At face value, the gameplay doesn’t seem like anything too special. It may seem trite and simplistic. But this is not a child’s game, despite appearances. Switching between the three vikings at a moments notice becomes crucial for necessary timing if they’re to reach the exit in one piece. Merging both puzzle and platforming genres into one game may not be unprecedented but this is certainly one of the most successful games to do that without lessening the impact of either element. The more I try to describe it, the more I realize it’s just something you’ll have to experience for yourself. Just expect to respawn. A lot. Oh and some versions of the game allow a multiplayer co-op mode.
Early on, like immediately, the game teaches you about the various capabilities of each viking along with their limitations. And boy are their limitations many. Olaf can’t kill. Baleog is defenseless. Erik is the only one who can jump. At the very basic stage, that doesn’t present too much of a problem, but there isn’t really much to The Lost Vikings beyond that. And there’s the beauty of it. It’s a straightforward, uncomplicated style of gameplay that is milked for all its worth, forcing your brain to work around each character’s limitation in order to get to where you need to go. In a modern world where nearly every game’s controls are over-crowded with controls, The Lost Vikings stands as a monument to the old way.
The Lost Vikings is hard. Not Tetris, Lemmings or Wario’s Woods hard. Not Dr. Mario hard. This isn’t about lining up columns of circles, spheres and blocks or crushing candy. Nor is this simply about exploration. Though in many ways it’s about all of those things in the way in incorporates its fundamentals. Some of the later levels are an absolute challenge, especially once they introduce tiny, new components into the mix like magnets, gravity wells and air pumps. One of the stages took me an entire day to complete, after hours of trial and error, and walking away to calm down. Only pick up The Lost Vikings if you want a real challenge of intellect, silly as that sounds of a game with its appearance. This is not a casual play but that doesn’t mean it’s a pain. It’s designed to make you want to keep playing rather than throw your controller at the TV.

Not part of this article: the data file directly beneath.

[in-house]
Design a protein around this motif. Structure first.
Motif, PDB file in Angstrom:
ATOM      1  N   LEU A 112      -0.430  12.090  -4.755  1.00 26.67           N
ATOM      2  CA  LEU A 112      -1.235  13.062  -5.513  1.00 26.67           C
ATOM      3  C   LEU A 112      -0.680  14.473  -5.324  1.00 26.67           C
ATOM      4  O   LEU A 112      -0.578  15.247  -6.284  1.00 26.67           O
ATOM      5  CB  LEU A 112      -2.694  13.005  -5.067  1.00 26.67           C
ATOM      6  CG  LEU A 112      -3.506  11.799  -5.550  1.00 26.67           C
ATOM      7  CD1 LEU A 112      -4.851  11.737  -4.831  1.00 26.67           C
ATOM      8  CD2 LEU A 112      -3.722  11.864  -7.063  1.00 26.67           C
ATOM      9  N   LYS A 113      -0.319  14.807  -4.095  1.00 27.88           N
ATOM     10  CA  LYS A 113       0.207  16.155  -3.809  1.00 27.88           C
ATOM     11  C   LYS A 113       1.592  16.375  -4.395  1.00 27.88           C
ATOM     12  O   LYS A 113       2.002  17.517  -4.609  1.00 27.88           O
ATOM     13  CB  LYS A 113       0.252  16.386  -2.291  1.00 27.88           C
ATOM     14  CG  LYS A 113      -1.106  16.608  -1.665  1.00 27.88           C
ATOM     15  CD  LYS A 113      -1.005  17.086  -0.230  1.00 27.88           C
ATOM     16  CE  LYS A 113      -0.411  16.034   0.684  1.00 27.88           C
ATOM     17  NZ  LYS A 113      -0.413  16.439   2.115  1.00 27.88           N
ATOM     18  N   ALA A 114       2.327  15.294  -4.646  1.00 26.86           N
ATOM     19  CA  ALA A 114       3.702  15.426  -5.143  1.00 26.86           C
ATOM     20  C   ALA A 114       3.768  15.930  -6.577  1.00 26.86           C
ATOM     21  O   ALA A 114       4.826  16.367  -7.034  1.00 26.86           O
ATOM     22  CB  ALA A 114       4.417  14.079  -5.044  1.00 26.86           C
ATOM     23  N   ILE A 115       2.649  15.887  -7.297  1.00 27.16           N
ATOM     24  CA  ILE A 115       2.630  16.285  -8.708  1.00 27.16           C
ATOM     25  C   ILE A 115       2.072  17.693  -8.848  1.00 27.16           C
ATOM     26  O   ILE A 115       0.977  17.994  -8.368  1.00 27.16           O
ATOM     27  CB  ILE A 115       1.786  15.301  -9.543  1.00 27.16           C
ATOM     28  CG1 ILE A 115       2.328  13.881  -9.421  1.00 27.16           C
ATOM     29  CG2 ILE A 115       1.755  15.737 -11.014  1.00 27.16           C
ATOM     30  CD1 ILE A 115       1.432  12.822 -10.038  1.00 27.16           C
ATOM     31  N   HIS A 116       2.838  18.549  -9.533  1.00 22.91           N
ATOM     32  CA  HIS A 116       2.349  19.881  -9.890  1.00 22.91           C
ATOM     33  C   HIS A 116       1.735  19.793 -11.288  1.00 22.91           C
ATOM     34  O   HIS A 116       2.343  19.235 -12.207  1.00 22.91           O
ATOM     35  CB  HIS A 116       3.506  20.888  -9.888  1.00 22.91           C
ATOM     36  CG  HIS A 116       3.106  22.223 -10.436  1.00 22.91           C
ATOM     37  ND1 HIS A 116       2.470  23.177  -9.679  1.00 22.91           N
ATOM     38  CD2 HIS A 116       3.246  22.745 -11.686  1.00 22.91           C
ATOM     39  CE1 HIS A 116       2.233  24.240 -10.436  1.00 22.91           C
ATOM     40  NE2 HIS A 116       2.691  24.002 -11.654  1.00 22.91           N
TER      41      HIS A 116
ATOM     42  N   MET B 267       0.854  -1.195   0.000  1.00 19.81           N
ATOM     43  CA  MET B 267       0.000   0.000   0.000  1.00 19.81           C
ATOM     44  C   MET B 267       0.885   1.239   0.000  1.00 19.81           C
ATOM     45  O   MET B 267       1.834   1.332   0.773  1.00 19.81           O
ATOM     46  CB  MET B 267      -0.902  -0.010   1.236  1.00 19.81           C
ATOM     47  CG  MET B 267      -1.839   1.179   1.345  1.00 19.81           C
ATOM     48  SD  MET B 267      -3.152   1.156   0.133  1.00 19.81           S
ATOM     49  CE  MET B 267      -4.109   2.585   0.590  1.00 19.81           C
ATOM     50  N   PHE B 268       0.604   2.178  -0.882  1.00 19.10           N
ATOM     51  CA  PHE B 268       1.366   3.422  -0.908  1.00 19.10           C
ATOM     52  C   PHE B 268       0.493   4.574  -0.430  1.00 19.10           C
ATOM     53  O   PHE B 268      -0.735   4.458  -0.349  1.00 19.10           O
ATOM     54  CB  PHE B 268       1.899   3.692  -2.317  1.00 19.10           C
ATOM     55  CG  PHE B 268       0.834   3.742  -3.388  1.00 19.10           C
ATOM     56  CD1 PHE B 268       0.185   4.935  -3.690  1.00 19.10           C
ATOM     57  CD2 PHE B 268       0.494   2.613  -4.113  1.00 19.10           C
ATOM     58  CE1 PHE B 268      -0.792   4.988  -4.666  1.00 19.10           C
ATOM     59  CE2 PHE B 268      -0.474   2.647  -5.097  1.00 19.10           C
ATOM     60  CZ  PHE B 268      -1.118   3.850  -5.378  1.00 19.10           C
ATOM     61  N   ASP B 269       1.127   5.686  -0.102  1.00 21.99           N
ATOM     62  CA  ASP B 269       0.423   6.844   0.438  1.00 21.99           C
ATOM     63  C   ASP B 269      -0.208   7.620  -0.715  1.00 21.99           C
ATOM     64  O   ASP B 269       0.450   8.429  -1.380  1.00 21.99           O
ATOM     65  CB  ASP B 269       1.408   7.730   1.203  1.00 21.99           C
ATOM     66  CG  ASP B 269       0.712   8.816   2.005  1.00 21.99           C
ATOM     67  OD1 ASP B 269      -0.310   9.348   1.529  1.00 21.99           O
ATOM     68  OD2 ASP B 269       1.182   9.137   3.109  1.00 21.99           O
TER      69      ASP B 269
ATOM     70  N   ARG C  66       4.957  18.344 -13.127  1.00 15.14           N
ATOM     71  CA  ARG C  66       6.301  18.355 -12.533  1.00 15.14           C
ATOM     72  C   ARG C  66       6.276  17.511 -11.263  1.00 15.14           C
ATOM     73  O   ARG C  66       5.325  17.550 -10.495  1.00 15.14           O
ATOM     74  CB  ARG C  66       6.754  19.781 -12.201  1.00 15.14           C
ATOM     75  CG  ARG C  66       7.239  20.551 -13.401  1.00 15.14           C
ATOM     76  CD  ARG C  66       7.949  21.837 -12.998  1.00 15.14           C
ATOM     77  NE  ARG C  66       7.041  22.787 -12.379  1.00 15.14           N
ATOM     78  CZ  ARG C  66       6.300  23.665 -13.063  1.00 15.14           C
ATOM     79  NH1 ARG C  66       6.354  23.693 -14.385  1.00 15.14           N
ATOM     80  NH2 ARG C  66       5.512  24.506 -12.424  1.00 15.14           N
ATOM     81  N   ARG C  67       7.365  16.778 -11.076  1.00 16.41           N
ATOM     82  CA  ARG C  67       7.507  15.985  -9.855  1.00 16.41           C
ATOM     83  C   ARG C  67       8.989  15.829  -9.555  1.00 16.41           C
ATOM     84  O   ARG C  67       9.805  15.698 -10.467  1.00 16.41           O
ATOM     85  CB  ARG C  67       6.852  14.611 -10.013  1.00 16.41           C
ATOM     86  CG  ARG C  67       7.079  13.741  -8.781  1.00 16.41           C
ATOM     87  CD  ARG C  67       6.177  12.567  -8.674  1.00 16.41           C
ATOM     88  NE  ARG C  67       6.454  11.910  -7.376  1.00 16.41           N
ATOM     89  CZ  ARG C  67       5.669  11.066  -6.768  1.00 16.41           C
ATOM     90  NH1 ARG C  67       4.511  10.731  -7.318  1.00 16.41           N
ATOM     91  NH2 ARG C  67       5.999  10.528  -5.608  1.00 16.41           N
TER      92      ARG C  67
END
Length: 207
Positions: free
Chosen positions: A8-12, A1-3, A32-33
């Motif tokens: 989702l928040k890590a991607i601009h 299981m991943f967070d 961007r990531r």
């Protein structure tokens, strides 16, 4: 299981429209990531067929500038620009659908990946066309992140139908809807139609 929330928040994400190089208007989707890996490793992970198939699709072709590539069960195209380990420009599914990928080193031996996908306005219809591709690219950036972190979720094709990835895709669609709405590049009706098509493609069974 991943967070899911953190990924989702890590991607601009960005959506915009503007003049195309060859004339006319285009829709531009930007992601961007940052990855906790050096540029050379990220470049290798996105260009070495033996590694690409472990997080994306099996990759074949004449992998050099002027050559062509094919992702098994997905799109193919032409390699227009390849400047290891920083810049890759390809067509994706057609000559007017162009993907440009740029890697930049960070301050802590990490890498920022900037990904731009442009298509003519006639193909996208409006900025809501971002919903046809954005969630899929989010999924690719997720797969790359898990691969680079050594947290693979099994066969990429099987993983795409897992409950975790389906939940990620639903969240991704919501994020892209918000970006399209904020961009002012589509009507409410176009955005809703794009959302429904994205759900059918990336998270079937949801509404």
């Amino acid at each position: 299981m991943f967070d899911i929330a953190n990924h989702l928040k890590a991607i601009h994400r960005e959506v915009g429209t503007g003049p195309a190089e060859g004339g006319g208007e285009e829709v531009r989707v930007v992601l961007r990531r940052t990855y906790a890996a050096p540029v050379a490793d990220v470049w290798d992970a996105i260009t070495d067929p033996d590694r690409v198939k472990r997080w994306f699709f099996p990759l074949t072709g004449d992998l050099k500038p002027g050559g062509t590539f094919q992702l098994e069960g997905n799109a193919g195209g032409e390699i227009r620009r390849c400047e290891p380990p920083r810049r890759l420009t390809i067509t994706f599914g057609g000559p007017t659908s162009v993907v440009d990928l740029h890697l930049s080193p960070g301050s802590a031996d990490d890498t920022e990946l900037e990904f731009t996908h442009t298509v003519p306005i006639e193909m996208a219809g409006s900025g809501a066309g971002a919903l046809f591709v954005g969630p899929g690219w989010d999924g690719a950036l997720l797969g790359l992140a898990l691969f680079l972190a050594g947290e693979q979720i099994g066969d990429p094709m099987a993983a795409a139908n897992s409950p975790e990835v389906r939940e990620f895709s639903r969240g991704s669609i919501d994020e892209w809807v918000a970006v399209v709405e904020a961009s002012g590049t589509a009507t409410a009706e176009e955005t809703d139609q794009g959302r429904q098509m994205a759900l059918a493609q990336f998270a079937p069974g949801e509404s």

The problem with replay value and puzzle games of this kind is that once you’ve solved the challenges of a certain stage, you’ll be able to beat that stage again fairly easily until you forget how to. Certain things help to alleviate this fact like puzzles based on timing or precision, or others that are so complex that they’re difficult to remember through all the item-passing between characters and obstacle course navigation.
Here’s a story about vikings being abducted by aliens. What kind of a head injury was sustained before that thought popped into someone’s head? What, was their muse drunk? Conceptually and mechanics-wise, The Lost Vikings is a Super Nintendo game unlike any other.
My Personal Grade: 8/10
One of the better and more unique puzzle games from the SNES, The Lost Vikings is a lovely step away from the puzzle-genre trend of Tetris rip-offs, fusing the thought-challenges with platforming. It’s a combination of the mentality of the former with the timing of the latter. The blend makes for a game where neither element becomes tiring too quickly. The problem with most puzzle games is they can easily be vexing whereas platformers can eventually dull for the simply fact that you’ve jumped so many platforms already and found all the power-ups. Not so with The Lost Vikings. It may be obscure but it thought outside of the box.
Aggregated Score: 7.8